THE EXQUISITE PEARL – Book Sample
ABOUT THE BOOK – THE EXQUISITE PEARL
HERE, THREE ASPECTS OF THE BOOK shall be discussed: its author, its theme, and its translation.
The author is ‘Abd al-Rahman ibn Nasir ibn ‘Abd Allah ibn Hamad alSa’di, from the tribe of Banii Tamim. He was born on the 12th of Muharram, 1307H/1889CE, in the city of ‘Unayzah, situated in the province of al-Qaim; central Saudi Arabia. He was orphaned at a young age; his mother passing away when he was only four, and his father when he was seven. His older brother, Hamad, was then entrusted with his care and upbringing.
By the age of twelve Shaykh al-Sa’di had completed the memorization of the Qur’an, after which his pursuit for knowledge of the Sacred Law began in earnest. He studied the traditional disciplines at the hands of a number of senior scholars of the land; from them:
1 -Shaykh Ibrahim al-Jasir. Born in 124 lH, he first studied locally, then went to Syria to further his studies. Shaykh Ibrahim was well-known for his good manners, scrupulousness and generosity. He was also blessed with a lengthy life, passing away at the age of ninety-seven…
The book consists of a short, didactic poem – which its author entitled: ‘The Journey to Allah and the Home of the Hereafter, or Afterlife (alsayr il’allah wa’l-dar al-akhirah) – as well as a brief explanation to the poem, which he called: ‘The Exquisite Pearl (al-durrat aljakhirah): The nature and brevity of the book is such that it may be regarded as an introduction, or a primer, to the science of suluk.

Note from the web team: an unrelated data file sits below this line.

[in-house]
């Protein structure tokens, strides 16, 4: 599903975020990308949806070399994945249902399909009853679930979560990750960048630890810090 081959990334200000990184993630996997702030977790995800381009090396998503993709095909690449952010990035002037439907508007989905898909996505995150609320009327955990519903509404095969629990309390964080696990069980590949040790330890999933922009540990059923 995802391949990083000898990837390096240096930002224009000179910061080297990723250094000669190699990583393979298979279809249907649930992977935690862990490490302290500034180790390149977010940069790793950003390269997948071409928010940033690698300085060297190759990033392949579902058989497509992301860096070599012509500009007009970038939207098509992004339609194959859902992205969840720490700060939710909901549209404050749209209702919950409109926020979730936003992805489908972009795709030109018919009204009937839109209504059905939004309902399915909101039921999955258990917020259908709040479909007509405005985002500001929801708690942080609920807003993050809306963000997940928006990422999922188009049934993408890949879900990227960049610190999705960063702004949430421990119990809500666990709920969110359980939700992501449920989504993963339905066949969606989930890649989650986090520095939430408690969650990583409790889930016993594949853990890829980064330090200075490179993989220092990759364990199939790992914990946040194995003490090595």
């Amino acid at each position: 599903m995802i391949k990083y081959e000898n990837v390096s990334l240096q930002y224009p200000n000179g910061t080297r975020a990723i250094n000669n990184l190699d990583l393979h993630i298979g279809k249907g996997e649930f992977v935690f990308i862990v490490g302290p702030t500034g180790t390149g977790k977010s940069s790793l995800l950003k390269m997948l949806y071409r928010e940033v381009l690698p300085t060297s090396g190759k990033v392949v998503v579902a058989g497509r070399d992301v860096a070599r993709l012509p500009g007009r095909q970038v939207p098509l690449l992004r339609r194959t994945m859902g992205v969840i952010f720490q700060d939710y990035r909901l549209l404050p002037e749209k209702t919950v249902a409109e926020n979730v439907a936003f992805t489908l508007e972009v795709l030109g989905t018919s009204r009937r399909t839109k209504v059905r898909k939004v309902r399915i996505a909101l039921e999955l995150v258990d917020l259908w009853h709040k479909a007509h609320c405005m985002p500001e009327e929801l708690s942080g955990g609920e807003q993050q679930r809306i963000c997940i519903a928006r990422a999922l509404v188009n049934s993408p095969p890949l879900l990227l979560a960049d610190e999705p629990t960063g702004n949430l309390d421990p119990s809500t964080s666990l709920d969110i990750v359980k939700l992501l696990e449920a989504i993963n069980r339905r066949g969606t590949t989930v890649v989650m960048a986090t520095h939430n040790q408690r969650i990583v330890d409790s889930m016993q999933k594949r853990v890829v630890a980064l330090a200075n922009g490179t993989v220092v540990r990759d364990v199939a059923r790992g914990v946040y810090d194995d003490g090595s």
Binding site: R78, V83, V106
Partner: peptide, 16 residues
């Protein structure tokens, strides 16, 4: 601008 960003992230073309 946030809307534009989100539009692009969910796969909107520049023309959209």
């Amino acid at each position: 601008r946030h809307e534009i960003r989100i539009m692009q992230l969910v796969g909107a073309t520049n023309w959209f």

The book elucidates the main stations (maqamat or manazil) that the heart is required to embrace as part of its journeying to Allah. What is meant by ‘station’ is a praiseworthy quality – such as sincerity, love, fear, hope, patience, satisfaction or renunciation – which the heart succeeds in acquiring and firmly rooting in itself. When this occurs, the heart is said to have ‘arrived’ at that particular station. If, however, the praiseworthy quality wavers and has not settled in it, then the heart is said to be in a state (hal), not a station (maqam).
Ibn al-Qayyim, may Allah have mercy upon him, explained the distinction between states and stations in the following manner:
‘What is correct here is that these occurrences and stations are named so by taking into consideration the particular state for it. So they are glimmerings (lawami’), flashes (bawariq) and external appearances (lawa’ih) at the onset of their occurrence, in the same way that lightening glimmers and flashes from a distance. But when they dawn upon
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